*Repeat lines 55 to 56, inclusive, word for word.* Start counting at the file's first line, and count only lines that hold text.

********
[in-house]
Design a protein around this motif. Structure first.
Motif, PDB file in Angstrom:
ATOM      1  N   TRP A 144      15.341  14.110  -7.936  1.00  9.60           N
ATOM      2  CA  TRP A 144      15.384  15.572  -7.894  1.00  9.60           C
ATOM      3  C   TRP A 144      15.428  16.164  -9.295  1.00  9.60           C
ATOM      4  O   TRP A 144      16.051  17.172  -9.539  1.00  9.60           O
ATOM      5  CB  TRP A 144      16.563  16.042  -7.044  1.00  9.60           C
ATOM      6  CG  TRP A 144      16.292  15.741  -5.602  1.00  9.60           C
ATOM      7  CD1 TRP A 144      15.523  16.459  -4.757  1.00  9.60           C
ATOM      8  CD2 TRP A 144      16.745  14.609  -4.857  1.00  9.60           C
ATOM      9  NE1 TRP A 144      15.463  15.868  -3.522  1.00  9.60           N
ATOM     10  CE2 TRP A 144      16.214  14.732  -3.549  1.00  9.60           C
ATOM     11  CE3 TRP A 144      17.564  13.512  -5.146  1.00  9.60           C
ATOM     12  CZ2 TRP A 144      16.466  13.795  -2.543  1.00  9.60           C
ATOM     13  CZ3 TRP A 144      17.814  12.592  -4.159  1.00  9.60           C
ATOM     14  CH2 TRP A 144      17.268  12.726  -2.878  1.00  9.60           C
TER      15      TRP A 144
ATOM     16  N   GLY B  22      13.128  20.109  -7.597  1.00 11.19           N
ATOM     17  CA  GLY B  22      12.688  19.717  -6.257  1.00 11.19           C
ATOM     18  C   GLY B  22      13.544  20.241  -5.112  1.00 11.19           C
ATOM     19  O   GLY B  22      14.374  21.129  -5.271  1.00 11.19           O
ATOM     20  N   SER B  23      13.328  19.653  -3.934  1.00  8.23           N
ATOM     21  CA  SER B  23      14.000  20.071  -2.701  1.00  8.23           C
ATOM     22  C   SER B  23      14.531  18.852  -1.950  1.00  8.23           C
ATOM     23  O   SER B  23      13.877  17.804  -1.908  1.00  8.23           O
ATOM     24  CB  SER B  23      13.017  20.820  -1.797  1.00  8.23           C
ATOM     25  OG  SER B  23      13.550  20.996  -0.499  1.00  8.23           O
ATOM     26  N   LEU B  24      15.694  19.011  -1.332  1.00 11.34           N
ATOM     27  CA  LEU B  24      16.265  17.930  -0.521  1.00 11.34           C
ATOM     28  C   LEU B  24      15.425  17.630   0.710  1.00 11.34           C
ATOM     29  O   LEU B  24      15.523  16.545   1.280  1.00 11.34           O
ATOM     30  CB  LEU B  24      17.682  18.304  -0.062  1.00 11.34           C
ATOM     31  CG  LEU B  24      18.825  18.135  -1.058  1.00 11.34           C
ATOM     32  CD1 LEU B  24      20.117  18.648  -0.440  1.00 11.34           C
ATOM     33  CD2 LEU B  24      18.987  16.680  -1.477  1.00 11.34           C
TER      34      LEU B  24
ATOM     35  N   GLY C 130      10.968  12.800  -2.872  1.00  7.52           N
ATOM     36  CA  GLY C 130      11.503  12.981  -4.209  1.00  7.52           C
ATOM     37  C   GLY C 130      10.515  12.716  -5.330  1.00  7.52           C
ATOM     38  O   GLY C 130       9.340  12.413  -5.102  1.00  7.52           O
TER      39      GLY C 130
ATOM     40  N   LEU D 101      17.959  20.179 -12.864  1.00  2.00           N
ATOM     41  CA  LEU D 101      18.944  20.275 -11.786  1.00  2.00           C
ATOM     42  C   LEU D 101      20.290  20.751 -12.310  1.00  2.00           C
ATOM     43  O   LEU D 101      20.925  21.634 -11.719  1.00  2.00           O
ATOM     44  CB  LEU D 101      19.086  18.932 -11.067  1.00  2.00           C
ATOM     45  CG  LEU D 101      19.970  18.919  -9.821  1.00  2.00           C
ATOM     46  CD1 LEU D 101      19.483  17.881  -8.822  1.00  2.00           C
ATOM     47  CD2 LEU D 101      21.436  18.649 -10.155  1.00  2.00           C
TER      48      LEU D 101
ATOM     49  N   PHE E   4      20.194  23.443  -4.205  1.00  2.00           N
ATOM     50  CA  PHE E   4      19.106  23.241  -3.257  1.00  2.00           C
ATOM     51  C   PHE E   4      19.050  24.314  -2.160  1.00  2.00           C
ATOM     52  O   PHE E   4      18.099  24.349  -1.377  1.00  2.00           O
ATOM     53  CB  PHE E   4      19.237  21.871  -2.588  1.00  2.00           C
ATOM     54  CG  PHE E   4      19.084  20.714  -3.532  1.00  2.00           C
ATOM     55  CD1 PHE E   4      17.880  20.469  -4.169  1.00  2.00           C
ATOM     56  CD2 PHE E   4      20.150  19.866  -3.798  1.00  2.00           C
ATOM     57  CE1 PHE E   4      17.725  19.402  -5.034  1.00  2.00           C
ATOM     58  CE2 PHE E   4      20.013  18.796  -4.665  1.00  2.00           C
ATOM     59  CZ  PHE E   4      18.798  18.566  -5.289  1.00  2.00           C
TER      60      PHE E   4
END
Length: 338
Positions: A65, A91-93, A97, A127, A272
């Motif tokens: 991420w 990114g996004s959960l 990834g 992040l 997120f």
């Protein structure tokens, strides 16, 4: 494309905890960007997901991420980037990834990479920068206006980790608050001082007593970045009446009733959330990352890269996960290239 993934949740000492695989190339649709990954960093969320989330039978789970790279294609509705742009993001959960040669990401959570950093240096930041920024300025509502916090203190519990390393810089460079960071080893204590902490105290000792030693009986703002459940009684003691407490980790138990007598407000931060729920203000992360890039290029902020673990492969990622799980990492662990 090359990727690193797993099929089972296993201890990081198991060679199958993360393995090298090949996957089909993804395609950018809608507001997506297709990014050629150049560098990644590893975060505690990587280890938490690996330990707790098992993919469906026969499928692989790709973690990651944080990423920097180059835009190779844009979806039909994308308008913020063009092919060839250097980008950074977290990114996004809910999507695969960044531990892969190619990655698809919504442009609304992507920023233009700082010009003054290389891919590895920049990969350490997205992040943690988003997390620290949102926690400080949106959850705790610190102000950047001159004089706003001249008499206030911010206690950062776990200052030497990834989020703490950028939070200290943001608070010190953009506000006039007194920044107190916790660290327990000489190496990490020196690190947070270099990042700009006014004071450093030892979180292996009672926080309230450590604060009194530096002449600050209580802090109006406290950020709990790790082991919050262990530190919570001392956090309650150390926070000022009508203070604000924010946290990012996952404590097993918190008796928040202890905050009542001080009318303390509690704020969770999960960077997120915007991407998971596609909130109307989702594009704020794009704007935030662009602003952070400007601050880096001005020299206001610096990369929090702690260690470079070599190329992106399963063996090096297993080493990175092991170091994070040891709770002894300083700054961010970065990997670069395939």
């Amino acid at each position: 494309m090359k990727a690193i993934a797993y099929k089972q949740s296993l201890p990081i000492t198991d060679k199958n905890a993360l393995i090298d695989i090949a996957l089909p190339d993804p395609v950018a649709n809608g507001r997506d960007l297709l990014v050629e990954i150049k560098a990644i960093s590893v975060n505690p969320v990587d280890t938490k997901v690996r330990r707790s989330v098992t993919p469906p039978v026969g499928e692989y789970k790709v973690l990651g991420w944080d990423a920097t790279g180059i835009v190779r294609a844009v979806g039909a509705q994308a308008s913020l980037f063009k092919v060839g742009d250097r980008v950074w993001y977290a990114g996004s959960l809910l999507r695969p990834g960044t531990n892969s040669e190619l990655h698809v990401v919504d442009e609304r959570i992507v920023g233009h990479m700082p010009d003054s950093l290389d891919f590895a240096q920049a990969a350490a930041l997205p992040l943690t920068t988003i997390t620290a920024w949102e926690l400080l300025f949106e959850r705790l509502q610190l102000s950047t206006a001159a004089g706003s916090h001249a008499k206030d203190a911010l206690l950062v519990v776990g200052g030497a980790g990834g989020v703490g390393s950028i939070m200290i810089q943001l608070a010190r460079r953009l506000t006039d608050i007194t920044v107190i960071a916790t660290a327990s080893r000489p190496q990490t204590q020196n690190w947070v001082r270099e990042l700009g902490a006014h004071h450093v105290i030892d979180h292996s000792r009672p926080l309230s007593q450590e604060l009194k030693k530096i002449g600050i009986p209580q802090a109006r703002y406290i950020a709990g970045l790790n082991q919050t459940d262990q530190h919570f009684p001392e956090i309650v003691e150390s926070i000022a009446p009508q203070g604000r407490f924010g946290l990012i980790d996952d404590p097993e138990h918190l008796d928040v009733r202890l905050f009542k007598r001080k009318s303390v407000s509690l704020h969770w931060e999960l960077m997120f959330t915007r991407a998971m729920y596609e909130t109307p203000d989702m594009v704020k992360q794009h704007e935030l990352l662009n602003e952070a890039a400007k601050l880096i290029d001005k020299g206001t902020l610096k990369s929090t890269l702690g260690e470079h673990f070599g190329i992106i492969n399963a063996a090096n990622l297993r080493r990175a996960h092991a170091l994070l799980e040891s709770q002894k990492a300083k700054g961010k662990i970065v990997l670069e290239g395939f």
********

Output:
ATOM     52  O   PHE E   4      18.099  24.349  -1.377  1.00  2.00           O
ATOM     53  CB  PHE E   4      19.237  21.871  -2.588  1.00  2.00           C